Accounting for Profits
continued from page 16
operating expenses, a ﬁ nancial statement from the most current
period is generally sufﬁ cient to estimate future monthly averages.
Expenses that are concentrated in certain months should be split
out accordingly (e.g. Property taxes and farming/crop expenses)
to accurately reﬂ ect cash needs when payments are expected to
To get a good handle on feed expense, we recommend involv-
ing your nutritionist in the calculation of feed costs per head.
Feed costs for milk cows should be sufﬁ cient to achieve milk pro-
duction levels used in the budget. You will want to also consider
herd growth when calculating feed costs. It’s easy to run numbers
on a static herd, but with high feed prices, any growth in the herd
left unaccounted for can be a major draw on cash ﬂ ow. One of the
most important parts of projecting cash ﬂ ows is ﬁ guring produc-
tion on milk cows. One or two pounds of milk per cow per day
can make a signiﬁ cant difference in the numbers, especially on
larger operations. Your nutritionist should be a part of this discus-
sion as well. In the end, your projections should reﬂ ect as closely
as possible the actual result achieved.
Pay-down equal value
When preparing the projections, it’s important to consider
usage of forage inventories. Consumption of feed inventory
should allow for pay-down of the feed note of an equal value.
Borrowing needs for large inventory purchases should also be
projected into the time periods they will actually occur. The ef-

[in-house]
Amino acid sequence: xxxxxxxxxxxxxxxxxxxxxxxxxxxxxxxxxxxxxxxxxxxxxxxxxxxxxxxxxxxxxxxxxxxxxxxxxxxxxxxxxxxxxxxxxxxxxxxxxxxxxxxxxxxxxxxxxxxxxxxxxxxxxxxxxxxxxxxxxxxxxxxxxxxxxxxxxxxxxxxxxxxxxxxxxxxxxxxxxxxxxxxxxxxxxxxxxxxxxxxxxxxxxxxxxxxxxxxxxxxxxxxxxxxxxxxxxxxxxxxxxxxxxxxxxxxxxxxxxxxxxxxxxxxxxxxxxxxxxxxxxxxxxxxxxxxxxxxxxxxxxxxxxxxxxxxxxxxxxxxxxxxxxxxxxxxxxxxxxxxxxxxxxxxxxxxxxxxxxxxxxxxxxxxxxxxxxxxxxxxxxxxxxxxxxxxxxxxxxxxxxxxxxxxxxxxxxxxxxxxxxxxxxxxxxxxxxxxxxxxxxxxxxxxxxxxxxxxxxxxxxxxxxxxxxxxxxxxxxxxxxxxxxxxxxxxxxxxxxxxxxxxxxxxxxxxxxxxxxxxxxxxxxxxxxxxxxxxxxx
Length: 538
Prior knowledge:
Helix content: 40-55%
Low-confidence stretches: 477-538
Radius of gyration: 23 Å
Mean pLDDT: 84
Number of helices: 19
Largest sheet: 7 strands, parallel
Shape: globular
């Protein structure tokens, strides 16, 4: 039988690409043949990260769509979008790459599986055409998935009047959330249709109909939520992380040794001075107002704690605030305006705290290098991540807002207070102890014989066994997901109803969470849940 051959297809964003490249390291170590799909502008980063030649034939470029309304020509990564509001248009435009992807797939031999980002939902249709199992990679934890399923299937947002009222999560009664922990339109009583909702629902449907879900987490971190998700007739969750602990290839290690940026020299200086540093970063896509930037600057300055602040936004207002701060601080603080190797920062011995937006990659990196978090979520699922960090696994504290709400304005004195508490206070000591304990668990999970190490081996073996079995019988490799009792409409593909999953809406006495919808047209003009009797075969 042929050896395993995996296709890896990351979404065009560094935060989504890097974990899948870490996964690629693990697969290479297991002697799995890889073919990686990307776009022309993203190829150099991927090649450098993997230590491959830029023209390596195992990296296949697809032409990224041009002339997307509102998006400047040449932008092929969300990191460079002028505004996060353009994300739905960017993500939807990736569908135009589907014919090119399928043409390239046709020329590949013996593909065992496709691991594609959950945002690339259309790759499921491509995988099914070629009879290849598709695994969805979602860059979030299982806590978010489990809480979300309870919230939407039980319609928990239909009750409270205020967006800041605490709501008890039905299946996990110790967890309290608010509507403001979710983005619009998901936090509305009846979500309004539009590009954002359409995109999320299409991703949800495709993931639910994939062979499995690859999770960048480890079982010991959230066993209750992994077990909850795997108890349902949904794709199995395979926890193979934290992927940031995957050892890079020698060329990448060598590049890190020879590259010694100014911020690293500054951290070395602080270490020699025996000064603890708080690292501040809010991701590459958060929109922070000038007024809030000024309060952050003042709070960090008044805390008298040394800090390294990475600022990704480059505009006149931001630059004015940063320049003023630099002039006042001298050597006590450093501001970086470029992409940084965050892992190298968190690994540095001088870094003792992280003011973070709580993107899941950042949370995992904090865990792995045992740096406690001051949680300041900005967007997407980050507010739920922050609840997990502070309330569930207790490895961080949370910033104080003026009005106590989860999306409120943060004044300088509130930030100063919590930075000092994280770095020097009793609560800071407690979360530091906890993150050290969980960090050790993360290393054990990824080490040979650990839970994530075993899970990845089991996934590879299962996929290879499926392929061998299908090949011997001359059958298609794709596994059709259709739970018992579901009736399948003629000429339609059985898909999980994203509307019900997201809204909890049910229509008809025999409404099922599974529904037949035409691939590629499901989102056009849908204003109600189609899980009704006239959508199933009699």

fect of crops raised and inventoried should also allow for reduc-
tion of the feed note as they are fed.
Include debt service requirements on non-operating debt,
as well as interest expense on all debt. When considering debt
repayment, you might also give attention to aged payables and
include catch-up payments in the projections.
When all income and expense have been considered, you will
have a projection of monthly cash ﬂ ow available to pay down
operating debt or shortages, which may make additional bor-
rowing necessary. Your loan-to-value can be calculated by ﬁ gur-
ing operating debt as a percentage of herd and feed collateral.
Cash ﬂ ow available for pay- down or needed for draws on that
debt will affect changes in loan-to-value from month to month.
Your banker will be pleased that you are taking steps to manage
As we’ve assisted many of our clients in setting up and monitor-
ing cash ﬂ ow projections, the overwhelming majority have found
it to be an invaluable exercise. I will emphasize the importance of
being realistic. You want your projections to be achievable. Update
your projections monthly and measure budgeted vs. actual results.
These days, many banks are considering ﬁ nancial sophistication of
management as part of their assessment of risk, which impacts your
interest rate. Presenting achievable, complete, well thought out cash
ﬂ ow projections will go a long way in convincing your banker that
management sophistication should have a positive effect on that
Powerful Than Corn.
EnerGII ® creates immediate results and sustains them – in
research trials and on thousands of dairies throughout North
America – dependably delivering energy to all the right places.
EnerGII is rumen inert and safely packs more than 2.5 times
the energy of corn without upsetting rumen balance!
The Brains to
Improve the Brawn.
Efficient dairies use efficient energy and EnerGII is the
smartest energy solution on the market – dramatically
improving herd condition, managing total costs, and
predictably improving ROI.
Delivering in Your
Time of Need.
EnerGII predictably improves milk
production and body condition,
throughout the crucial periods of
summer heat. It’s so powerful, just 1⁄2
pound of EnerGII reliably delivers 2.5
lbs. of milk – so you know we’ll be
there when you need us, like any good
For more information or to find a
distributor near you, visit us on the web at
1.800.225.4519, or email
TheEnerGIIDifference@VirtusNutrition.com EnerGII ® and Virtus Nutrition™ are trademarks of Virtus Nutrition, LLC.